Friday, January 27, 2012

trinity in a nutshell

C Michael Patton on the Trinity.

The doctrine of Trinity is a foundational cardinal truth in Christianity. All three major Christian traditions, Protestant, Roman Catholic, and Eastern Orthodox, throughout the history of the Church have been united on this doctrine. A denial of it constitutes a serious departure from the Christian faith and a rejection of the biblical witness to God as he has introduced himself to us. Sadly, many go astray from the faith due to their refusal to accept these truths. It is my purpose to give a brief “nutshell” overview of the doctrine.

Basic Definition: Christians worship one God who eternally exists in three persons, God the Father, God the Son, and God the Holy Spirit, all of whom are fully God, all of whom are equal.

Now lets break each of these down.

One God:

Christians are monotheists. This doesn’t merely mean we worship only one God, but that we believe that there exists only one God. This is a basic teaching throughout the Bible (Deut. 6:4; Isa. 44:6; Isa. 45:5; Mark 12:29; 1Tim. 2:5; 1Cor. 8:4).

While this finds support in the Bible, the very definition of God demands that there only be one. In other words, “God” is not just who you pray to or to whom you ascribe great worth or value, but the transcendent creator of all things (Heb. 11:3). Romans 1:18-20 informs us that natural theology and rational thinking necessarily demand that their be a singular source for all things. Polytheism (which is the belief in many gods) must redefine the term “god” to mean simply “really powerful beings” since there cannot be many ultimate creators of all things. There can only be one Uncaused Cause, only one Unmoved Mover, and only one Uncreated Creator. God is the only non-contengent (not dependent) being in the universe. Therefore, his essence is necessarily one.

Eternally exists as three persons:

Christians do not believe in contradictions or logical fallacies. Rational thinking and harmony of truth are found in the essence of God’s being, therefore, God cannot exist as a contradiction. Christians do not believe in three God’s for reasons spoken of above. However, we do believe that Scripture has revealed that God, who is one in essence, is three in person. We often talk about this as “one what, three whos.” While this is a great mystery in the Christian faith, there are many mysteries that we are compelled to believe due to necessity and what has been revealed in Scripture. For example, we believe that God created all things out of nothing (Heb. 11:3; doctrine of creation ex nihilo). We believe that God is the sovereign first cause of all things, yet man is morally responsible for his actions. We believe that while Christ was complete in his humanity, he also remained complete in his deity (often called the “hypostatic union”). We believe that the Bible is the product of humans and the product of God. None of these, including the doctrine of the Trinity, are contradictions, but they are great mysteries.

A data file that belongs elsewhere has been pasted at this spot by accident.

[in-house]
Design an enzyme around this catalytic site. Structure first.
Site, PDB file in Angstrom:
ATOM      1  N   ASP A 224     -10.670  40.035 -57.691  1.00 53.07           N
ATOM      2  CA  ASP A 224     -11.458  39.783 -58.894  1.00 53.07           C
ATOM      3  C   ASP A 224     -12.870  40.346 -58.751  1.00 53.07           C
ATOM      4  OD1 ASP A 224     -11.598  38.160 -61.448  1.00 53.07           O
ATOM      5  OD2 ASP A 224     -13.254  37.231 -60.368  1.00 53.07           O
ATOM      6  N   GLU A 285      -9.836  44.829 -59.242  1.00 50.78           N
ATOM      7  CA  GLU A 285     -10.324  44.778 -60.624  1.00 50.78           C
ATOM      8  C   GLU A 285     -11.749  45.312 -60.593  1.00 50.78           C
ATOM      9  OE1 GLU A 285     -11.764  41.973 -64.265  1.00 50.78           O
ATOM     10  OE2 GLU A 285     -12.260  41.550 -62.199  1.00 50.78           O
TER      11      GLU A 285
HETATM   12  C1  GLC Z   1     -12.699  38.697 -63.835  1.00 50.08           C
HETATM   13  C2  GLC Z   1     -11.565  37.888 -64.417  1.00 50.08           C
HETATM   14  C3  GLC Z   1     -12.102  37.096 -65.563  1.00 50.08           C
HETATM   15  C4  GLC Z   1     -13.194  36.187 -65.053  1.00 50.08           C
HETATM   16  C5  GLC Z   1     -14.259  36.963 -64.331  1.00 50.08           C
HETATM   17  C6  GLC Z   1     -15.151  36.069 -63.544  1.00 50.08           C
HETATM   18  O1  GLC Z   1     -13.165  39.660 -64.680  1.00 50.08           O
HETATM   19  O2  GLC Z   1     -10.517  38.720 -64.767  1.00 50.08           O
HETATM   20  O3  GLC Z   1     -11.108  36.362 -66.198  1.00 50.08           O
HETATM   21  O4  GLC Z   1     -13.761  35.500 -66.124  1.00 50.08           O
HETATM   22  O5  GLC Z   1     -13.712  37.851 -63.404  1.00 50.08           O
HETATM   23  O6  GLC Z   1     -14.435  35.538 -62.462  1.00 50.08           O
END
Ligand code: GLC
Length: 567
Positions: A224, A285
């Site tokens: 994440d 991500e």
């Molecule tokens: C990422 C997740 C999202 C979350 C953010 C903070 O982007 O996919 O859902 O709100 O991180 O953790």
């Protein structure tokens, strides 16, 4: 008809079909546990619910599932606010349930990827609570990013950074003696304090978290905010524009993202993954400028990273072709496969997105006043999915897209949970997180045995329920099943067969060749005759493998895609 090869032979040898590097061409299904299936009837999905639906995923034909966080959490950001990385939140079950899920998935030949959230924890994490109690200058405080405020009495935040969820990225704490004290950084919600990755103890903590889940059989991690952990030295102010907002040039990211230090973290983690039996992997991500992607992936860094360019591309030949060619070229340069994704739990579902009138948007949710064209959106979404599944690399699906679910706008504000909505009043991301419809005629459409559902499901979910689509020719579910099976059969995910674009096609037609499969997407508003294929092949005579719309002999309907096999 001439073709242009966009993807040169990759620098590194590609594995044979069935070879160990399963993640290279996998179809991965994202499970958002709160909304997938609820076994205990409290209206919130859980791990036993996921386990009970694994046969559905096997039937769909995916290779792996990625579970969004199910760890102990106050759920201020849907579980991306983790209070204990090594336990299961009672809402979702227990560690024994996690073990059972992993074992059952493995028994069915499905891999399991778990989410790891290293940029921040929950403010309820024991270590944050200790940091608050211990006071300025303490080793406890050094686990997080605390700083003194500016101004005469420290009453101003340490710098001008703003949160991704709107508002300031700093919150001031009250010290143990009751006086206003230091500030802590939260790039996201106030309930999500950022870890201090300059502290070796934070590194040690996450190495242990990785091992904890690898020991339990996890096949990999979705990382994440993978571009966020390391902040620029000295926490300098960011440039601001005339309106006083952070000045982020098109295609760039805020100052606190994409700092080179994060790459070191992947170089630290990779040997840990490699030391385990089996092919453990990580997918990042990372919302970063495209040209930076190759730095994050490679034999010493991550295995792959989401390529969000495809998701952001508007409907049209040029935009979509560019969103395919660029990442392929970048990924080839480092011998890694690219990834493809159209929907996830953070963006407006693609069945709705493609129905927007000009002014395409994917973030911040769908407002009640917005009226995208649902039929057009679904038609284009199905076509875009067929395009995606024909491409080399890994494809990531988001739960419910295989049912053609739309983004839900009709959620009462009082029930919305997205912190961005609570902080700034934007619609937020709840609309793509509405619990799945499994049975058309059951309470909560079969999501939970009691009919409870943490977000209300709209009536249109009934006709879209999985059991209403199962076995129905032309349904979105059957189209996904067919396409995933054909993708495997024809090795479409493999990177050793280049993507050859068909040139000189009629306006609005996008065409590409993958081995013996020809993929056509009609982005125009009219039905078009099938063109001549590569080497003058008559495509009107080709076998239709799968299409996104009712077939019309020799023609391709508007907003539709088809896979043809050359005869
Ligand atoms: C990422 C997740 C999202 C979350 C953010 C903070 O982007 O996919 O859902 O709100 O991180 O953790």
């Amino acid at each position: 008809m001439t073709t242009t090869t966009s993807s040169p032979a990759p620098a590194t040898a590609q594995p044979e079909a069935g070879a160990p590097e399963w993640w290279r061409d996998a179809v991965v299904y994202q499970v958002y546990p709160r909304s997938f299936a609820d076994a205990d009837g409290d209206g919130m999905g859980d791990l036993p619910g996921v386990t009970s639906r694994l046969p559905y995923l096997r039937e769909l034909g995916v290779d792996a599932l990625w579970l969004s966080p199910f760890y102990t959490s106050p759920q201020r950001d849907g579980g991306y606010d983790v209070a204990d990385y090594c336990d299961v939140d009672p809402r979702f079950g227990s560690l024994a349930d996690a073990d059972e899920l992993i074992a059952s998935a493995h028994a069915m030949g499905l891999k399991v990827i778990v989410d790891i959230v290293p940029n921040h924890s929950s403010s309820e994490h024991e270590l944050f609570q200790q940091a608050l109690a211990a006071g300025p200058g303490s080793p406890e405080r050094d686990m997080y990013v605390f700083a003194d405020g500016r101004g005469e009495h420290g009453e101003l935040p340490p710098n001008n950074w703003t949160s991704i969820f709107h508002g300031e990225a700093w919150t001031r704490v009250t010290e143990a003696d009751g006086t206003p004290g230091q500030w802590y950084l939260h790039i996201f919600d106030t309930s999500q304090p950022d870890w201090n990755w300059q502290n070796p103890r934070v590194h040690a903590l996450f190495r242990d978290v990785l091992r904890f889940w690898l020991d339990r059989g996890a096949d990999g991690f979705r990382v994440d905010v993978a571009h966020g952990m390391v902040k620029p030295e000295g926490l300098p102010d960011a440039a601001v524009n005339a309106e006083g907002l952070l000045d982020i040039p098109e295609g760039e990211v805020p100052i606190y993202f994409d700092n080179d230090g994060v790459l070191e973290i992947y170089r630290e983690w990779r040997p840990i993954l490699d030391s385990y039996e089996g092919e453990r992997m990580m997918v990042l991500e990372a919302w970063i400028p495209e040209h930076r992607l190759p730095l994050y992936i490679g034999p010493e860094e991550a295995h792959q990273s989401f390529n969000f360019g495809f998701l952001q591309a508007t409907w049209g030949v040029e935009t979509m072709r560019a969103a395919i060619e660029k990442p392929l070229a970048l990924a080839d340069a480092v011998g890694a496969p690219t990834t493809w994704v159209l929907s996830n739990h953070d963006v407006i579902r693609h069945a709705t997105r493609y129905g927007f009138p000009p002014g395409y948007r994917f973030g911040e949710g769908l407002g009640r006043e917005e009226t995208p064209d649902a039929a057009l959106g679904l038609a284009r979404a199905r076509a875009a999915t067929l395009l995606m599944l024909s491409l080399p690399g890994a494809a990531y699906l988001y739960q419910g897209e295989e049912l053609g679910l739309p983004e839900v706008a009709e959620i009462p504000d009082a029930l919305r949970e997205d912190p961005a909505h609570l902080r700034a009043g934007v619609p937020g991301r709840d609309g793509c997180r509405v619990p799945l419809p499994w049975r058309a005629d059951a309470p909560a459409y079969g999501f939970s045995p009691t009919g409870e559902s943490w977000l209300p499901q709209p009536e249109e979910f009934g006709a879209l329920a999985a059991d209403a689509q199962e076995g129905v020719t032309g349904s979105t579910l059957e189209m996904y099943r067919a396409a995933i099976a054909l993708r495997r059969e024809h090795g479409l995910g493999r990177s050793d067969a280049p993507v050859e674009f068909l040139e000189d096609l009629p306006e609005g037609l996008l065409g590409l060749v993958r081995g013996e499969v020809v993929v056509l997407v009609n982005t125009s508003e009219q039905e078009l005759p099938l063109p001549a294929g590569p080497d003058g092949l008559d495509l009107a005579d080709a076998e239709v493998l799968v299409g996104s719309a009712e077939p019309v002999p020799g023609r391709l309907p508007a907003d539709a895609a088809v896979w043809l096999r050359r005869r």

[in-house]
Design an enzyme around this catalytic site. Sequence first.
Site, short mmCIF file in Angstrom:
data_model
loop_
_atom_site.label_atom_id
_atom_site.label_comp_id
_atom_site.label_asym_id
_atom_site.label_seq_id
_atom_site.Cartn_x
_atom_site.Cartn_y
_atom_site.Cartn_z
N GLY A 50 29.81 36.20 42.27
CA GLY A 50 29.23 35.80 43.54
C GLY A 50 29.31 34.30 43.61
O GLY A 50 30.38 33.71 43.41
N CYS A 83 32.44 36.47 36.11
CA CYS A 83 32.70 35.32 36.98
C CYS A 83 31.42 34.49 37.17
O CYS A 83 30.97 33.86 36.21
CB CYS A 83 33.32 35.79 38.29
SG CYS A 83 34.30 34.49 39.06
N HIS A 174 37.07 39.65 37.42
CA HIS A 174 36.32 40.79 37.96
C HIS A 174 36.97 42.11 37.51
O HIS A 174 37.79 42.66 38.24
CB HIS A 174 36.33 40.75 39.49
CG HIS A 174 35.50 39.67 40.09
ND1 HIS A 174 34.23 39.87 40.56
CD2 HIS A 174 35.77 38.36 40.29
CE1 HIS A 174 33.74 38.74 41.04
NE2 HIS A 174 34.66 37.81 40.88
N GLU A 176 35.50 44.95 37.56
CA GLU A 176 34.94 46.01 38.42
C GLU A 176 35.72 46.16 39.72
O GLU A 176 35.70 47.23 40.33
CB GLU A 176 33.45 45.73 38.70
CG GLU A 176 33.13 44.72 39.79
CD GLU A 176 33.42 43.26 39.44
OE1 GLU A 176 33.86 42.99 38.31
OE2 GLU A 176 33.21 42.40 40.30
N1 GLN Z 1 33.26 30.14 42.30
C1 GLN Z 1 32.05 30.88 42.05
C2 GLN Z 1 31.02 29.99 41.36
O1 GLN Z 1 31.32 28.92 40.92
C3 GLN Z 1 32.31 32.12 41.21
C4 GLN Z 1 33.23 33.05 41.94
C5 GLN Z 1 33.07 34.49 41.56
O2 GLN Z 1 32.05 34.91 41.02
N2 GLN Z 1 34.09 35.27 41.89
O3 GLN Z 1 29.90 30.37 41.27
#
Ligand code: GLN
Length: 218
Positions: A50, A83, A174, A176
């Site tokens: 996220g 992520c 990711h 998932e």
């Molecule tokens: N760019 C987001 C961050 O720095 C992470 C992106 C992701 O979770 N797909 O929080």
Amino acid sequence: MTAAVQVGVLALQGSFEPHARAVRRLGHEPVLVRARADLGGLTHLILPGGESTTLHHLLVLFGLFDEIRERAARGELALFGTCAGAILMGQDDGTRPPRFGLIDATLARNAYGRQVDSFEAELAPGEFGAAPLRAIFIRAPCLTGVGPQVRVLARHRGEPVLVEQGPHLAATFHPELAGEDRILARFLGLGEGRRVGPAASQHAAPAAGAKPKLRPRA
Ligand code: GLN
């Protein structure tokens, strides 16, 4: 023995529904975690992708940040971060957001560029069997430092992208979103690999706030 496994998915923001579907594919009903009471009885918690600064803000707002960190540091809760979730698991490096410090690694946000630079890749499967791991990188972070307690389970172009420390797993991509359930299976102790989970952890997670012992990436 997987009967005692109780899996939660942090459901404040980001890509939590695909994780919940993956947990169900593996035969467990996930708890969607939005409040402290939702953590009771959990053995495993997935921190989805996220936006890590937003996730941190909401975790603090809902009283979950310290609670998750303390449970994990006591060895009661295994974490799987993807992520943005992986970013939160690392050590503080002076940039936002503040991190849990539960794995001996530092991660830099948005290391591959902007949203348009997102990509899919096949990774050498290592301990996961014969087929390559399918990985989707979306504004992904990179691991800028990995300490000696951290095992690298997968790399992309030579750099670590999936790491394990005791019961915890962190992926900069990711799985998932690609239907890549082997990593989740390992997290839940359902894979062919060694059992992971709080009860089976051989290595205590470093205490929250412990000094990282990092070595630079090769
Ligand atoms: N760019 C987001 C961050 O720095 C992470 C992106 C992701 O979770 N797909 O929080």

While the Bible does not use the word “Trinity”, we believe that it is an accurate description of what the Bible teaches concerning God. After all, the Bible does not use the word “Bible” but we understand that we can legitimately use the word to describe a collection of books we believe to be inspired. The Bible does not use the word “Aseity” yet we believe that it accurately represents a Biblical attribute of God. God is “of himself” or in no way dependent upon humans for his livelihood (Ps. 50:7-12).

While there are many passages in the Bible which necessitate a Trinitarian understanding of God, there are a few that stand out more than others:

John 1:1; “In the beginning was the Word, and the Word was with God, and the Word was fully God.” (NET)

Here we encounter two subjects, “the Word” (Jesus; John 1:14) and “God.” We see in this one verse the unity and plurality in what we call the “Godhead.” The Word “was fully God,” yet we also see that they were “with” each other. The Greek word for “with”, pros, implies not merely proximity, but is used to describe the context of relationship in which they exist. Jesus and God (in this case God is “the Father”) are both sharing in the same essence of deity, yet they are distinct in relationship (person).

Matt. 28:19; “Therefore go and make disciples of all nations, baptizing them in the name of the Father and the Son and the Holy Spirit.”

This is often referred to as the “Great Commission.” Here Christ tells his disciples that they are to make disciples by baptizing them (as a sign of identification) in the name (singular describing God’s unity) of the Father, Son, and Holy Spirit. Notice that all three members of the Trinity are united, yet distinct in this baptismal creed.

John 14:8-9; “Philip said, “Lord, show us the Father, and we will be content.” Jesus replied, “Have I been with you for so long, and you have not known me, Philip? The person who has seen me has seen the Father! How can you say, ‘Show us the Father’?